Wheatley first laywoman to lead Gonzaga’s University Ministry

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Michelle Wheatley
Michelle Wheatley

With Michelle Wheatley’s anticipated promotion to director of University Ministry at Gonzaga, comes another first for the university.

Wheatley is the first laywoman to lead the program. Her promotion comes four years after the university elected Thayne McCulloh as its first lay president.

She was named acting director in June and officially appointed director this month, replacing the Rev. Craig Hightower who was assigned to work in Sacramento.

“I think there are people in my life who would have predicted me going into ministry, and looking back it makes sense, but throughout my life I really didn’t think it was the career path for me,” Wheatley said.

She used to think she’d become a doctor, like her mom.

But all that changed when she stepped foot into a Jesuit high school as a young teen growing up in Portland, Ore.

“The experience of campus ministry there, it changed my life. It changed the whole direction of my life,” Wheatley said.

The Jesuits became part of her family, celebrating holidays together and sitting by her grandparents during basketball games, yelling at the refs.

Having academics, arts, athletics and ministry all at her fingertips made her feel whole, she said. So going to Gonzaga after graduating from Jesuit High School seemed like a clear next move.

She earned her bachelor’s degree in public relations from Gonzaga in 2007 and her master’s in religious studies in 2012.

She began working in university ministry as an undergraduate, and rolled into a staff position in 2007.

“I can’t imagine not doing this,” she said. “It’s a fantastic way of life.”

As the first laywoman in the role, Wheatley is able to bring something new to the program. For example, she said students often ask her about married life. She is married to Chris Wheatley, associate director of the Center for Community Action and Service-Learning program, or CASSL, at Gonzaga.

The Rev. Bill Hayes, who was Wheatley’s first spiritual director at Jesuit High School, said Wheatley is a natural fit for the director of University Ministry, and will be a good example to other laywomen.

“Now, as we (priests) decline in numbers, we need more and more lay people in these positions,” he said. “I think she’ll help a lot of women who are involved in campus ministry…For a lot of women, I think she’ll be a sign of hope. To have a woman of her caliber in there is very positive.”

As she enters the new school year, Wheatley said she and her staff will be examining ways they can better impact students. The Rev. Brad Reynolds replaces her as assistant director.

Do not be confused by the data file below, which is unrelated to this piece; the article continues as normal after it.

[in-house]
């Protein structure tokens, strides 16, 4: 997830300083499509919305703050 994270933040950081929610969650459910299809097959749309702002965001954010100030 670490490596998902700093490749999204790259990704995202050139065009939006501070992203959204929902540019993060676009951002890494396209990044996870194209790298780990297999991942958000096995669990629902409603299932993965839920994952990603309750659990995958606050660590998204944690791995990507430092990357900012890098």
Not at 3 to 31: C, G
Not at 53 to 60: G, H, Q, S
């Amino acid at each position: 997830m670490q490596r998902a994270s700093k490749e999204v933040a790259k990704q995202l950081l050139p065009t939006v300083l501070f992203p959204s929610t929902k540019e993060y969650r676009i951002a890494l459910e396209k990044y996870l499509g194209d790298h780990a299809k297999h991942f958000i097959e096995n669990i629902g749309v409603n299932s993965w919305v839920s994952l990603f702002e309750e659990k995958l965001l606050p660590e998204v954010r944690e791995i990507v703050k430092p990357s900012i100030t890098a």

“This team has a huge desire to listen to the student experience. We want to be relevant, want to meet people where they are and want to provide ministries that are cutting edge,” she said, noting that she’ll also be meeting with university staff to find ways the program can better serve non-Catholic students.

This year University Ministry will offer a record number of student retreats, including a women’s retreat, a senior discernment retreat and a week long silent retreat during spring break.

“College is a time when a lot of things happen to young people that don’t fit into old ways of making sense of their experiences, there’s new learning in the classroom, shifts in relationships, transitions, surprises, disappointments, disillusionments….and we have an opportunity in this office, in those moments, to help students put their experiences in dialogue with a bigger tradition, the Christian tradition, or other sources of wisdom,” Wheatley said.

Hightower said he was happy to hand the reins to Wheatley because she knows the job, has a sense of where the church is and understands Jesuits.

“I think a lot of us are excited for her and for the possibility,” he said. “She’ll do things differently than I did and that’s a good thing. She’s going to take the office where I could not have.”

Tracy Simmons

About Tracy Simmons

Tracy Simmons is an award winning journalist specializing in religion reporting, digital entrepreneurship and social journalism. In her 15 years on the religion beat, Simmons has tucked a notepad in her pocket and found some of her favorite stories aboard cargo ships in New Jersey, on a police chase in Albuquerque, in dusty Texas church bell towers, on the streets of New York and in tent cities in Haiti.
Simmons has worked as a multimedia journalist for newspapers across New Mexico, Texas and Connecticut. Currently she serves as the executive director of SpokaneFAVS.com, a digital journalism start-up covering religion news and commentary in Spokane, Wash. She is also a Journalism Instructor at Washington State University.

She also writes for The Spokesman-Review and for the Religion News Service.

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